Understanding how consumers interact with sport brands on digital platforms is of increasing importance to the sport industry. In this study, through a nexus of consumer behavior and economic literatures, the examination focuses on consumer interest in major league baseball teams on social media platforms from July 2013 to June 2014. Specifically, two generalized least squares regression models were used that considered a variety of factors, including market characteristics, scheduling, and social media use and management. The findings display varying results of short- and long-term consumer interest in teams on Twitter. From this, important theoretical and practical understanding can be derived by considering consumer behavior in the automated “like economy” of social media.

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Iina Antikainen and Rebecca Ellis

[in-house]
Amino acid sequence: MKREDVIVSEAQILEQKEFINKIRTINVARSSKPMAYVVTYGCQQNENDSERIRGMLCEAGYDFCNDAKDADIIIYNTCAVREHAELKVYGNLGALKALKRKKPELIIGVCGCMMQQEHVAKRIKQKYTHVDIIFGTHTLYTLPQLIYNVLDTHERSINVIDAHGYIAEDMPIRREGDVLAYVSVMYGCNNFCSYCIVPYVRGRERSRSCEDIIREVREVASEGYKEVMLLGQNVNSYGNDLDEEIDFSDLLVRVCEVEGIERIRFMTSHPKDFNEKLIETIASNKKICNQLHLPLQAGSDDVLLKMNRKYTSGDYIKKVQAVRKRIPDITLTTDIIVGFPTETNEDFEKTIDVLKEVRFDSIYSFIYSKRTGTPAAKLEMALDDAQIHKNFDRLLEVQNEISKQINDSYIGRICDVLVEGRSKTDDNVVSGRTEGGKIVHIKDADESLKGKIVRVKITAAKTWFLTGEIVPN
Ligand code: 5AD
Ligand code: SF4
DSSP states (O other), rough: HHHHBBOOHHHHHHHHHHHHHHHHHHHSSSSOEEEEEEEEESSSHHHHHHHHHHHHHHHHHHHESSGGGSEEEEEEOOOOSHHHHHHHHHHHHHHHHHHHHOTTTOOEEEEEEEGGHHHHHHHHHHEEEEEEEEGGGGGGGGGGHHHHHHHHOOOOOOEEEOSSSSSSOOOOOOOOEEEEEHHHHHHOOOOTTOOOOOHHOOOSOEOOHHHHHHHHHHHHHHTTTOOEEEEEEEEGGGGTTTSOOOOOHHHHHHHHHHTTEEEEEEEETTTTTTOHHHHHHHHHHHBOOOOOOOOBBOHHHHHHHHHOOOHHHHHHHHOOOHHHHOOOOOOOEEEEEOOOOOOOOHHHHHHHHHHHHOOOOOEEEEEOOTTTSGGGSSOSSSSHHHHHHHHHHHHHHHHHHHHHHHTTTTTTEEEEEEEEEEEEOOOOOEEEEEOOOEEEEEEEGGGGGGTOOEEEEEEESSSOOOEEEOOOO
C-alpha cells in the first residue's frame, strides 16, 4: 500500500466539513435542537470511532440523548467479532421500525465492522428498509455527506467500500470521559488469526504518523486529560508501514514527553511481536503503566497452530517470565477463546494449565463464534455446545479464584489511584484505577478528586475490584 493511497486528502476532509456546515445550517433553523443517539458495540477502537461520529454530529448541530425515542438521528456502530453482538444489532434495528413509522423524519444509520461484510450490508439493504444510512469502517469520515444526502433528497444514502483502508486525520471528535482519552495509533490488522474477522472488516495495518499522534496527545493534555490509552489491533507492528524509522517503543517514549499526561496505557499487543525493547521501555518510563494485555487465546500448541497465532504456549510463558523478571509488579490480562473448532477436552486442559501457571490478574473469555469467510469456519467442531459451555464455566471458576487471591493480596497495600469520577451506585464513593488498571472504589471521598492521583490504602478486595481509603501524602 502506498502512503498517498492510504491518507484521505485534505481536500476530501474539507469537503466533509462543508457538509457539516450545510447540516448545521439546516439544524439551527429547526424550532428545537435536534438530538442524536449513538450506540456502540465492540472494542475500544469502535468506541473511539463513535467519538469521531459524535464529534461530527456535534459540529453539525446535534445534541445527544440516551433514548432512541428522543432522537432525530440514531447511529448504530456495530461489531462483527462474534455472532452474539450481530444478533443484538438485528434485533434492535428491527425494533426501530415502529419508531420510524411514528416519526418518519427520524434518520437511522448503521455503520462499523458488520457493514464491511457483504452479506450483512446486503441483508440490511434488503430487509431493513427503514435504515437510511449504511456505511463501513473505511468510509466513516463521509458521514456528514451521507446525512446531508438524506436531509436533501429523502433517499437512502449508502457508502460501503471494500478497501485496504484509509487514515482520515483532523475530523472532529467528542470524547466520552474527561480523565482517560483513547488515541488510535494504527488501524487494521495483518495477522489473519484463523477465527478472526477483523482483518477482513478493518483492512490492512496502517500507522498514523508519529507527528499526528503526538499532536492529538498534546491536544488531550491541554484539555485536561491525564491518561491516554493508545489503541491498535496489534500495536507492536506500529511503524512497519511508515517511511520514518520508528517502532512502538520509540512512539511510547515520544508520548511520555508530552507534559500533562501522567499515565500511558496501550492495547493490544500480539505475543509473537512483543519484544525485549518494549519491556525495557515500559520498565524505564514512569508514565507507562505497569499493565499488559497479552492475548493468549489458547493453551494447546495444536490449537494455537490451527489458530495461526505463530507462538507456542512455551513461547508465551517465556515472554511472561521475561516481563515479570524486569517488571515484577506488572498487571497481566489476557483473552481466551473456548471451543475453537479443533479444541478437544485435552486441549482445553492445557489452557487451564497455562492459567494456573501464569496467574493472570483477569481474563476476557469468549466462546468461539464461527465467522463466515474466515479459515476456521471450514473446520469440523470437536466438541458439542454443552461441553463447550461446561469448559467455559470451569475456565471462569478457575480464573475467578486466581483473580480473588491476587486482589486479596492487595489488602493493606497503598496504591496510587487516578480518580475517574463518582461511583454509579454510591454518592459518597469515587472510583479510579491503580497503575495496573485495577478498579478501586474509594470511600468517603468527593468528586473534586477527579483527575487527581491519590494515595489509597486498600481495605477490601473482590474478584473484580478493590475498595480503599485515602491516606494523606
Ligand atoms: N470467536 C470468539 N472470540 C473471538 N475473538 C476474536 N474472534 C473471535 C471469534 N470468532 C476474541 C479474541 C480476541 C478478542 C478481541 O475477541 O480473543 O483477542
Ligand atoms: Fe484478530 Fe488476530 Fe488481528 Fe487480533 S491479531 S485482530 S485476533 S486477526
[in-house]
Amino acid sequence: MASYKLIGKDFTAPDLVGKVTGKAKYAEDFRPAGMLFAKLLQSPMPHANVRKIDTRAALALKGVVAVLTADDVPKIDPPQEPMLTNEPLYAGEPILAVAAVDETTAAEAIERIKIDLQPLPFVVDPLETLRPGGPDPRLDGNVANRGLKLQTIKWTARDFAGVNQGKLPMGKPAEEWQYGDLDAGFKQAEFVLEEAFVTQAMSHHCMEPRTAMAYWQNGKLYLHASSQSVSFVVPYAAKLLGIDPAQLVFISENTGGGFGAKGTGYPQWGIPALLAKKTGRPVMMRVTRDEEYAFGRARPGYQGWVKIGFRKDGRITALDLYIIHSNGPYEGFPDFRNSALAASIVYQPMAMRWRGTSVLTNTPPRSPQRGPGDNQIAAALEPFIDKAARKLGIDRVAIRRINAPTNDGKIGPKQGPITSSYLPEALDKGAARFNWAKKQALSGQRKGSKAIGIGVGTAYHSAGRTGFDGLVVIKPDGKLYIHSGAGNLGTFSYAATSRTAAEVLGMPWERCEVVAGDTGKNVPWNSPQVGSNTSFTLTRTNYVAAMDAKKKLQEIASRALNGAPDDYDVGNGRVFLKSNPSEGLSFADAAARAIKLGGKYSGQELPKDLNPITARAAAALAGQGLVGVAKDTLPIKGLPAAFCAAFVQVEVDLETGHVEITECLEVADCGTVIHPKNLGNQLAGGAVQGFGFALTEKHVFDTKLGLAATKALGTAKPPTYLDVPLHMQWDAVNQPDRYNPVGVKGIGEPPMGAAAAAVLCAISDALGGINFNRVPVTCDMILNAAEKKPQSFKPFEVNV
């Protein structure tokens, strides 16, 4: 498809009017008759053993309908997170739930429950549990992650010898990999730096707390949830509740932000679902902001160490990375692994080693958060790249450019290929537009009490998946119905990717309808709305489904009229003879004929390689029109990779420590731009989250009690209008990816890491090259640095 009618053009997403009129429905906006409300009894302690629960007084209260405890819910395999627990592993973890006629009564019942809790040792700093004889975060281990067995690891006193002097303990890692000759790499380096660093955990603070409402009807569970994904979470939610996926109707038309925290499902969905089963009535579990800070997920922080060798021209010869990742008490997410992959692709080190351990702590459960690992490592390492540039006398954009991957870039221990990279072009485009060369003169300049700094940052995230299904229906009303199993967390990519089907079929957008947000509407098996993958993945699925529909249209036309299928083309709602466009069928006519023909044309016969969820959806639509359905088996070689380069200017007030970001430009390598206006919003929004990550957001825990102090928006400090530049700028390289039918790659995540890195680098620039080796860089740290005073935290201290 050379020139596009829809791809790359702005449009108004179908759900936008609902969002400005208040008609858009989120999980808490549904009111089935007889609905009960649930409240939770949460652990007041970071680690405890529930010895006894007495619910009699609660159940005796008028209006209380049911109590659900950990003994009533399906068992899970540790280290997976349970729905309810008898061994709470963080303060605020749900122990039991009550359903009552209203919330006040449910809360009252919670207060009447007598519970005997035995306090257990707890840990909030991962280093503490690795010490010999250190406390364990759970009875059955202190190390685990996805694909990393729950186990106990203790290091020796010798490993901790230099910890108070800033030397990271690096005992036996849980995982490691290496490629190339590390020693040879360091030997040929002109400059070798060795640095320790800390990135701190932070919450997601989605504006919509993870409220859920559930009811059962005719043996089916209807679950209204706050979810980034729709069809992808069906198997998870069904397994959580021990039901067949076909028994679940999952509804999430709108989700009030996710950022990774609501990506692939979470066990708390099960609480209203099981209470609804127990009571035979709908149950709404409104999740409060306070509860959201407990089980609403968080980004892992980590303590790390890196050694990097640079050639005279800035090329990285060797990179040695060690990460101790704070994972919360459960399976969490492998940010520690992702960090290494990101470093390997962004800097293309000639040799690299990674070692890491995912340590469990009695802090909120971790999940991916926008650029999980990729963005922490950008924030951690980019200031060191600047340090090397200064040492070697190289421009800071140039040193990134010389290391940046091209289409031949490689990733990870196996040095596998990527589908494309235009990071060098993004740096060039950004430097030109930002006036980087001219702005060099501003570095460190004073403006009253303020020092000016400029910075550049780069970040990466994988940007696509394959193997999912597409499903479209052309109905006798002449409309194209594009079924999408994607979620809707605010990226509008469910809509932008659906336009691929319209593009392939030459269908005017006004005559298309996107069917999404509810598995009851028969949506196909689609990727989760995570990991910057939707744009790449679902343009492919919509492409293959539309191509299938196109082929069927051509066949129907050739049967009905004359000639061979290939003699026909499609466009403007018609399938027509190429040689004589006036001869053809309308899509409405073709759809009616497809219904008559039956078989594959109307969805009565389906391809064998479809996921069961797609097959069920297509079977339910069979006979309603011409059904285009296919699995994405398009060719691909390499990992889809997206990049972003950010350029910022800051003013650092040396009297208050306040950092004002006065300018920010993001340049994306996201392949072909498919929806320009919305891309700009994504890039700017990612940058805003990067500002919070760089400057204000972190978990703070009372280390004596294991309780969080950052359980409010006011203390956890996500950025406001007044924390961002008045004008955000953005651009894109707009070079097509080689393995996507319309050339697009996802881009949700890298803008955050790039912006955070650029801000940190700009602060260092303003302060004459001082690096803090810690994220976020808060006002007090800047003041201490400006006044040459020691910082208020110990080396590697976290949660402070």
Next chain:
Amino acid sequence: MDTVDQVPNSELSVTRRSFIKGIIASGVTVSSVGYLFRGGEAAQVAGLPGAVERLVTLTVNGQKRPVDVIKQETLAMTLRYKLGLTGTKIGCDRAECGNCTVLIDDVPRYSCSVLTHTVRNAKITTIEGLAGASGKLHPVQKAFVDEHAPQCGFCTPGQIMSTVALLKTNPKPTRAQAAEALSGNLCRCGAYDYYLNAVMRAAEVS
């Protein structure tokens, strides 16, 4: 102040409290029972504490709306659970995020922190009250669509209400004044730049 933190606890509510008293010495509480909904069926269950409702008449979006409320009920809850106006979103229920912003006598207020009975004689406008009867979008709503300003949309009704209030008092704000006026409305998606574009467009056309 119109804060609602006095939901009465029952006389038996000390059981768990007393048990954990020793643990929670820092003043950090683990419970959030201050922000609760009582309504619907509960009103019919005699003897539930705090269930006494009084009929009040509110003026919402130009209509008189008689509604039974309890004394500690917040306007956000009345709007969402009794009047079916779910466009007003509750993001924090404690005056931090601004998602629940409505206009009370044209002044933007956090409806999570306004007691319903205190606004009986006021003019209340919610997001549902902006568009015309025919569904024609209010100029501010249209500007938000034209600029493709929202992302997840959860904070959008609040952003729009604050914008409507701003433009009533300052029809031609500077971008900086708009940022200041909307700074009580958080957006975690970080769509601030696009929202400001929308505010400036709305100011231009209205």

Although physical activity interventions have been shown to effectively modify behavior, little research has examined the potential of these interventions for adoption in real-world settings. The purpose of this literature review was to evaluate the external validity of 57 theory-based physical activity interventions using the RE-AIM framework. The physical activity interventions included were more likely to report on issues of internal, rather than external validity and on individual, rather than organizational components of the RE-AIM framework, making the translation of many interventions into practice difficult. Furthermore, most studies included motivated, healthy participants, thus reducing the generalizability of the interventions to real-world settings that provide services to more diverse populations. To determine if a given intervention is feasible and effective in translational research, more information should be reported about the factors that affect external validity.

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Zakkoyya H. Lewis, Kyriakos S. Markides, Kenneth J. Ottenbacher and Soham Al Snih